Zepel's Sari print, James Dunlop's Mauritius and unknown
But, exactly what is it?
Made from a strong fabric that is woven as a flat strip with varying widths and fibres, webbing is used in couches and chairs as a flexible base for the seating area.
To ensure an optimum finish, the spacing of the webbing needs to be suitable for the type of chair you’re upholstering and the type of webbing you’re using, and it needs to be extremely resilient and long-lasting.
Different types of webbing usually attest to the era the chair was made, but when it comes to modern day upholstery, you have plenty of types to choose from!
Jute webbing has been around for hundreds of years and is often used for traditional upholstery projects. Jute webbing is usually applied to support a coil spring base. Applied using a webbing stretcher and staples or blue cut tacks, there are two weights of jute webbing to choose from.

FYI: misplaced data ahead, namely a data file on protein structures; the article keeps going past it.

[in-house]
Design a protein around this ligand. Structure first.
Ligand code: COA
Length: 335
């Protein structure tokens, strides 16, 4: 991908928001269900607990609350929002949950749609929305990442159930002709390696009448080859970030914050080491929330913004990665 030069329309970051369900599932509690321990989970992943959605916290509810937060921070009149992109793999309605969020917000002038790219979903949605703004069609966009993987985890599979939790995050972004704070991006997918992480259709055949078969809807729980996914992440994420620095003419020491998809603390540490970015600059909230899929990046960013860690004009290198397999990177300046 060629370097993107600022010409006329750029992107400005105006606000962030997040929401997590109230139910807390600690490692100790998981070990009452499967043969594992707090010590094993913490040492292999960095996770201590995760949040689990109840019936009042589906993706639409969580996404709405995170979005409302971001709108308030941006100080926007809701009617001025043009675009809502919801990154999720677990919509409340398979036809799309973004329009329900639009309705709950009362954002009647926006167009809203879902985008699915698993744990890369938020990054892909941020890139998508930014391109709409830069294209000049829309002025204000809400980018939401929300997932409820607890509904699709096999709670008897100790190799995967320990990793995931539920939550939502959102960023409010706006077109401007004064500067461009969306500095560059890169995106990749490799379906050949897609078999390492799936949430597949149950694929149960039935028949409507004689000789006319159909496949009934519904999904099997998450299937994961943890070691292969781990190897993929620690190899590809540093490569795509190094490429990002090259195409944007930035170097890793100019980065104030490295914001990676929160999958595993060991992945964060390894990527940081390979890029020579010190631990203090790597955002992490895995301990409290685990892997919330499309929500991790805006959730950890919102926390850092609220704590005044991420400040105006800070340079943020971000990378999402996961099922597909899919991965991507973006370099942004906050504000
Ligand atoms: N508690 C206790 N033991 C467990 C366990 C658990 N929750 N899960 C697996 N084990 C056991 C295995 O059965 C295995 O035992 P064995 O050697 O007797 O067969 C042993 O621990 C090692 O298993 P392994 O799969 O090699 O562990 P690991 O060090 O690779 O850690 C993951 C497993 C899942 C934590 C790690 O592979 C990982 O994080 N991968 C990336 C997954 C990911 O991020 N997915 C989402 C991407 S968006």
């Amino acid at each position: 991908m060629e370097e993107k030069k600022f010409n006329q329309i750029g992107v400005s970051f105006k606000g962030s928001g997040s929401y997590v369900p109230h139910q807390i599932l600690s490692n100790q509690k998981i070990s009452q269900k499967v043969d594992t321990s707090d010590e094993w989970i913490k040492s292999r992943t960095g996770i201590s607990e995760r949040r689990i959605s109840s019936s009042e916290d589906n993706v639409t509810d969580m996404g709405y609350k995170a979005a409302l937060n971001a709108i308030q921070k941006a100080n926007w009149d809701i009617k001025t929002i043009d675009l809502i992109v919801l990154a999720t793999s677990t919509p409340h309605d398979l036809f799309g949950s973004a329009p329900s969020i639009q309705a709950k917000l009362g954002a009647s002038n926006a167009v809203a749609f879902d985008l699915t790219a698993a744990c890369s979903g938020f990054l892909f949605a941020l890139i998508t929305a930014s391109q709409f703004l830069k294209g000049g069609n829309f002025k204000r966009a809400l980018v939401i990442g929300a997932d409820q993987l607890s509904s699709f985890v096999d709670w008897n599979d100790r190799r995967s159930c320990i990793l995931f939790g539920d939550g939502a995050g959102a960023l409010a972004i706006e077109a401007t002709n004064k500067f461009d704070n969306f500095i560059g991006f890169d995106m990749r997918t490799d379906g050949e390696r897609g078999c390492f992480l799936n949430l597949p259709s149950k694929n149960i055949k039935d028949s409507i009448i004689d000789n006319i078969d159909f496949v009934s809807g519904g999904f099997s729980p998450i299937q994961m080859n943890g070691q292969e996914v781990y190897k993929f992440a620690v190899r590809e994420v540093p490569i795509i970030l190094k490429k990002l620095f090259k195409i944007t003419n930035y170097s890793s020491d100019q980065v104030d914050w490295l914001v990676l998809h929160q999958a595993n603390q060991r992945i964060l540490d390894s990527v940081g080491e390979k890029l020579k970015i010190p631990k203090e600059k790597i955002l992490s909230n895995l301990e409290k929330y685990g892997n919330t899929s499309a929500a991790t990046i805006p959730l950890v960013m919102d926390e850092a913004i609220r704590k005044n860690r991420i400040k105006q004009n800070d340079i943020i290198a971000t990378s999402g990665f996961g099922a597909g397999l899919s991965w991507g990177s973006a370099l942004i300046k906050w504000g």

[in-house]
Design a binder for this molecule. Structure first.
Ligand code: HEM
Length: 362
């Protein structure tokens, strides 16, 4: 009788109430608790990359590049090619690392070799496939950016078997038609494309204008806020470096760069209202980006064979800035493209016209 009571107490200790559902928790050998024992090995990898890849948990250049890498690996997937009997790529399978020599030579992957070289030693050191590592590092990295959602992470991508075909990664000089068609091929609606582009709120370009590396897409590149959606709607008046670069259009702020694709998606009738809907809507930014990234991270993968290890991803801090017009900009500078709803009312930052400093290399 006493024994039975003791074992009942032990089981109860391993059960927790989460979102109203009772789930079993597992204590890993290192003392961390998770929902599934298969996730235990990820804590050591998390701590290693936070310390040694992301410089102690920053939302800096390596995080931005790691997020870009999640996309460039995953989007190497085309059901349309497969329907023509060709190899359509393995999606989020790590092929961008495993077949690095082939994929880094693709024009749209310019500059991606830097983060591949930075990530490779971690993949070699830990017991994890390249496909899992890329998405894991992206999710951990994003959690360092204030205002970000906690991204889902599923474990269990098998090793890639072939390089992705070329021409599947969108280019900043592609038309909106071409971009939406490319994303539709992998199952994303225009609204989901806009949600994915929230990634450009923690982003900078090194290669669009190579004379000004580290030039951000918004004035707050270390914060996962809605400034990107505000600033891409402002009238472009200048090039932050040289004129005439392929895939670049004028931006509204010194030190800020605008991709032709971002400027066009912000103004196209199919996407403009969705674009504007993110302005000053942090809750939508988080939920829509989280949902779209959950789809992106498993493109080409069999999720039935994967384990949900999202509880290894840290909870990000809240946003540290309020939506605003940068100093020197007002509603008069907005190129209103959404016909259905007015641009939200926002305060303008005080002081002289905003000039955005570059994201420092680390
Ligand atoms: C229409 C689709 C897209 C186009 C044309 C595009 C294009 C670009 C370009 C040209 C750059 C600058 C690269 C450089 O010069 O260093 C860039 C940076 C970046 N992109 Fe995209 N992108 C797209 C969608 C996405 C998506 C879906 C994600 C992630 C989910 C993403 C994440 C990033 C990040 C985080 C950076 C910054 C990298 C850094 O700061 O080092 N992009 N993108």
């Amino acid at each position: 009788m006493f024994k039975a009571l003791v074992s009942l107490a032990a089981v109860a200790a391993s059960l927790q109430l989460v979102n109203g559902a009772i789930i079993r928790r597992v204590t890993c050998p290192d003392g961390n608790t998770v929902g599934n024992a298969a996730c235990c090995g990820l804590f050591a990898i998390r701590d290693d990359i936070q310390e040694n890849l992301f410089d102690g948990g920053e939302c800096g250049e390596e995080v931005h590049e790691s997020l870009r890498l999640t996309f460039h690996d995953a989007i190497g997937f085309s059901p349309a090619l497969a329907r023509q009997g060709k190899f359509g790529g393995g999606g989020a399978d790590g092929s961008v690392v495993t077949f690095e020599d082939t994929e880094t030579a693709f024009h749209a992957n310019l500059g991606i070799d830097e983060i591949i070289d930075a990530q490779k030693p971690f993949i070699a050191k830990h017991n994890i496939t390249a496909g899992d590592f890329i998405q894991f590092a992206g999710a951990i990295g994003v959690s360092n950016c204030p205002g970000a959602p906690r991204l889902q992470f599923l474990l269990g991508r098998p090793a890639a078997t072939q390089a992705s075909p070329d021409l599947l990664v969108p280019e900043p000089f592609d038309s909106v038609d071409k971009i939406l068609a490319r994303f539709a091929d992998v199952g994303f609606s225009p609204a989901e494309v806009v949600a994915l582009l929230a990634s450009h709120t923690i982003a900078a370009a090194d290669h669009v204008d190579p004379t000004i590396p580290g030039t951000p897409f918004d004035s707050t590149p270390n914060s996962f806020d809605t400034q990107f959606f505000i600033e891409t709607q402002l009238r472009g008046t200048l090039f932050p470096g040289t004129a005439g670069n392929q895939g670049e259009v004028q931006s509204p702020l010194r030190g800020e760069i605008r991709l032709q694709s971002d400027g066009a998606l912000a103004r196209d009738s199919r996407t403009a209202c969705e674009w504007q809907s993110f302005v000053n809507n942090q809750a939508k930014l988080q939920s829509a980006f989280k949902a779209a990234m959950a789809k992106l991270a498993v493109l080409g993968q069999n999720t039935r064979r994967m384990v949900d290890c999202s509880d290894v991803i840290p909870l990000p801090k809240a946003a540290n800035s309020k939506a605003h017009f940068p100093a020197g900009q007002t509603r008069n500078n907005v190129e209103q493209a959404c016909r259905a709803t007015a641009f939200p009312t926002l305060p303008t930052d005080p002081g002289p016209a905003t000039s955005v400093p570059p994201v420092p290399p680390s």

Elastic webbing will create a firm seat, which is usually softer than one made using jute webbing. The webbing needs to be stretched to its maximum size, by hand, before it’s ready for use. It should also be applied in a criss-cross pattern (basket weave) and should be at least a four-stripe length when used for seating. Elastic webbing can be applied using staples, tacks or webbing clips.
This is a superior, rubberised type of webbing that is commonly used on mid century furniture. This type of webbing can only be used on furniture that has been built strong enough to withstand its strain. In some cases it can only be used one way (not crisscrossed), and should be applied using staples, tacks or webbing clips into routed channels.
At Padgham Upholstery, we offer a number of upholstery services and products at our Melbourne-based store, which includes the supply of quality webbing materials. Check out our range online, or visit us in store to view all of our quality upholstery products up close and personal.